NEWSFLASH: Texas Abortion Restrictions Ruled Unconstitutional

At the eleventh hour–a day before dozens of abortion clinics were going to be forced to close in Texas–a federal judge ruled that some of the state’s harsh new abortion restrictions were unconstitutional. While Gov. Rick Perry undercut Wendy Davis’ nearly 13-hour filibuster against a draconian anti-abortion bill in June by passing it in a later special legislative session, her work was not in vain.

Planned Parenthood, the American Civil Liberties Union and local abortion providers argued in court that the provision in the law requiring doctors at abortion clinics to obtain admitting privileges at hospitals within 30 miles would overwhelmingly restrict women’s access to abortion. Officials from abortion clinics also testified that they tried to gain admitting privileges at 32 hospitals, but so far only 15 had even accepted their applications and none had yet granted the admitting privileges. On top of that, the admitting privileges aren’t even necessary in the case of emergencies.

Planned Parenthood lawyers also argued that the Texas requirement for doctors to follow the Food and Drug Administration’s 13-year-old original protocol for abortion-inducing drugs, rather than more current regimens, also limited abortion access.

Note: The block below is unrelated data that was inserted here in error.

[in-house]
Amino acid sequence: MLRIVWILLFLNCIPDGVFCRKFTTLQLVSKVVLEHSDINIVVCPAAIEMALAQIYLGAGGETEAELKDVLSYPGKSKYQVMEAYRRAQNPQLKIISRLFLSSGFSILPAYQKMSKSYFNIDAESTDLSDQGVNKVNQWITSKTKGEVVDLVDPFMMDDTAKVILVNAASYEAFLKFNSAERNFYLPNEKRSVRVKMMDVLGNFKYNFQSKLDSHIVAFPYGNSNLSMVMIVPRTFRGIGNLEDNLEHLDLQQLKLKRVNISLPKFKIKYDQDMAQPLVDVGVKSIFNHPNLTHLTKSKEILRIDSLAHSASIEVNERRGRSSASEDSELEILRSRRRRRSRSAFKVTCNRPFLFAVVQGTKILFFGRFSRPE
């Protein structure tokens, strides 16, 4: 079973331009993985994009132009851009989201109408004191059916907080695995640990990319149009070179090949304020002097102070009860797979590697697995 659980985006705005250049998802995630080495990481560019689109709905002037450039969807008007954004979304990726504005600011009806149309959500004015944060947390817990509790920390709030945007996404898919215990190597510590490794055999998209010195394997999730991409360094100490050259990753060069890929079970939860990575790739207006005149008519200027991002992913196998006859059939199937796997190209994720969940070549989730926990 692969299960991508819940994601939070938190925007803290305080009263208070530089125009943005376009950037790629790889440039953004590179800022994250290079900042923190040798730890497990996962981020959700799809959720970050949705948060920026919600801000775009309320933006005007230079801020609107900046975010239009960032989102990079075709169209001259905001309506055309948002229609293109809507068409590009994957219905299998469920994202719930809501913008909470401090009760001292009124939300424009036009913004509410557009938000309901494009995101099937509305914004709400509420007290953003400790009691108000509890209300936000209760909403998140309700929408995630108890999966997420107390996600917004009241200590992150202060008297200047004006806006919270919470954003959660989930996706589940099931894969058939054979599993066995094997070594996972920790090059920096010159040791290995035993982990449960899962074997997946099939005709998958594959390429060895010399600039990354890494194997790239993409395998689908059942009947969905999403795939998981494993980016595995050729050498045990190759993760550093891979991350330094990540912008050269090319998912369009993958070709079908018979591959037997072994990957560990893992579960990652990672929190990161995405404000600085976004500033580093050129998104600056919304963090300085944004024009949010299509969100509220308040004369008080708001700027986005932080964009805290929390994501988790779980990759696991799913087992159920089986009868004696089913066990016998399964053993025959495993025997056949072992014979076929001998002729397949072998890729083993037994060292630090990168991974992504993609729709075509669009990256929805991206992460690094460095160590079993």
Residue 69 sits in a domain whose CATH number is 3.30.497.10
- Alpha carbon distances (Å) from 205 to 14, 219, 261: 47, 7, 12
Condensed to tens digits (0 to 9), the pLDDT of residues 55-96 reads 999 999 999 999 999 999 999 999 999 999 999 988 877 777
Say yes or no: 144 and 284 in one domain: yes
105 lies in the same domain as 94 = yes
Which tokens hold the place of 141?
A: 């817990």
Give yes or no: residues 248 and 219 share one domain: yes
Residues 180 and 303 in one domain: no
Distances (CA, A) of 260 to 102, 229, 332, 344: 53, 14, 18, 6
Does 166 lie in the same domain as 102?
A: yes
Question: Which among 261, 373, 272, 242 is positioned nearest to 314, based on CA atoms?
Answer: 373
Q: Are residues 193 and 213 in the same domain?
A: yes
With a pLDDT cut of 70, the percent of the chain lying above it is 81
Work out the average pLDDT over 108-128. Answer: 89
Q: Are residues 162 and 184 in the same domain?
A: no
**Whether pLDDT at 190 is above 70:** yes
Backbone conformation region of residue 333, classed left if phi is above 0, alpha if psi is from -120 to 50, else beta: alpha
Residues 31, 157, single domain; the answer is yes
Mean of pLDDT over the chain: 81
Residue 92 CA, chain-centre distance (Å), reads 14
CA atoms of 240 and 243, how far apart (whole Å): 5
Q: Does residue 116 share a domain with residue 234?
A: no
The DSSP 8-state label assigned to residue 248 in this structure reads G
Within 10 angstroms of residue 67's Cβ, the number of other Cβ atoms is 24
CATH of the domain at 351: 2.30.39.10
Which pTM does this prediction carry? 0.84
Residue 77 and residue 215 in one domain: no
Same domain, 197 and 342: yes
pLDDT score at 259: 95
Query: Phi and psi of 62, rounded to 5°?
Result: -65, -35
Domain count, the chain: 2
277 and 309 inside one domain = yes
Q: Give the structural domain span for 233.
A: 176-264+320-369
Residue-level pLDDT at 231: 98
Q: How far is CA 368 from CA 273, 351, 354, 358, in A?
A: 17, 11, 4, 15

The court found that the admitting privileges provision was medically unnecessary but that the FDA protocol for abortion-inducing drugs was only partially unconstitutional in certain situations. Said Planned Parenthood president Cecile Richards in a press release,

Today’s ruling marks an important victory for Texas women and sends a clear message to lawmakers:  It is unconstitutional for politicians to pass laws that take personal, private decisions away from women and their doctors.

Unfortunately, other restrictions signed into law by Gov. Perry will still go into effect, including the requirement that abortion clinics meet the same standards as surgical centers and the ban on abortion procedures after 20 weeks of pregnancy.

ACLU deputy legal director Louise Melling commented on the case:

We are disappointed by the ruling on the medication abortion restriction, which ignores accepted medical practice and will force providers to use less safe methods. But we will continue to fight and explore every option to protect women’s health.

Photo courtesy of Do512 via Flickr.



Shae Collins is the creator of A Womyn’s Worth, a social commentary blog that addresses interests of black women.